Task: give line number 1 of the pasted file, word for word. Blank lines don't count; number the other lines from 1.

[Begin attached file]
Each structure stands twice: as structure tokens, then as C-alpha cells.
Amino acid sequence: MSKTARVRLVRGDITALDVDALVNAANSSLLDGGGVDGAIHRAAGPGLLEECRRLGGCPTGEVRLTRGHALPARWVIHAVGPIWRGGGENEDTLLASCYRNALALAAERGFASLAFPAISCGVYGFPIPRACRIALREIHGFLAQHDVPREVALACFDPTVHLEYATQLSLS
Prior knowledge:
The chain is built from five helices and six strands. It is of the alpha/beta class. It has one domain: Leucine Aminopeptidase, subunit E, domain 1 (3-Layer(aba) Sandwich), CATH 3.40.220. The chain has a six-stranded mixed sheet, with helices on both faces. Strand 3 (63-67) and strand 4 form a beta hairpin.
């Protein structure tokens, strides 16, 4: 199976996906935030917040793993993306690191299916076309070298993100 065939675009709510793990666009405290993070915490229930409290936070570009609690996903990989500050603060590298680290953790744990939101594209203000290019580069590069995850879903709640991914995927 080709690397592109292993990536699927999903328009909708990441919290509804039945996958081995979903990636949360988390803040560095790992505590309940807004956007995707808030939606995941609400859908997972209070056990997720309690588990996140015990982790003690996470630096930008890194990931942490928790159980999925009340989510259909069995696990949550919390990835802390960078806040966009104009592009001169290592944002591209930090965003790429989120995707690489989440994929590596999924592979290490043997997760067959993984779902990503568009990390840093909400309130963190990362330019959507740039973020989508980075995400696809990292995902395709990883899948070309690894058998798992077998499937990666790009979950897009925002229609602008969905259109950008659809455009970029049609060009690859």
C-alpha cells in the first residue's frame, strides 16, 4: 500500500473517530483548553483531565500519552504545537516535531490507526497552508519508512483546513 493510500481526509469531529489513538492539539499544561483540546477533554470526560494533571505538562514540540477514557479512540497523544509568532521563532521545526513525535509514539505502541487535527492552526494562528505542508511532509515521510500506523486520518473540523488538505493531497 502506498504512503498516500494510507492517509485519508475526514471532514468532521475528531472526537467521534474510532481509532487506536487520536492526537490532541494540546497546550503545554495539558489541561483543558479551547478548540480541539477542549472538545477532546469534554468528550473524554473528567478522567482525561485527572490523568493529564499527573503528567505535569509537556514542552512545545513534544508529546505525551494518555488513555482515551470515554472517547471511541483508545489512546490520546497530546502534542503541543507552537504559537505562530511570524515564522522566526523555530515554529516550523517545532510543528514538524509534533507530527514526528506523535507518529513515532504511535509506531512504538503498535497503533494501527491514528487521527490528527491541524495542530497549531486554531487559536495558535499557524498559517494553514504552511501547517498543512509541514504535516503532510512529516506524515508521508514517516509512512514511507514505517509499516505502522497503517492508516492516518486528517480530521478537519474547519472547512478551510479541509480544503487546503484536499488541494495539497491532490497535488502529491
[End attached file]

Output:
Each structure stands twice: as structure tokens, then as C-alpha cells.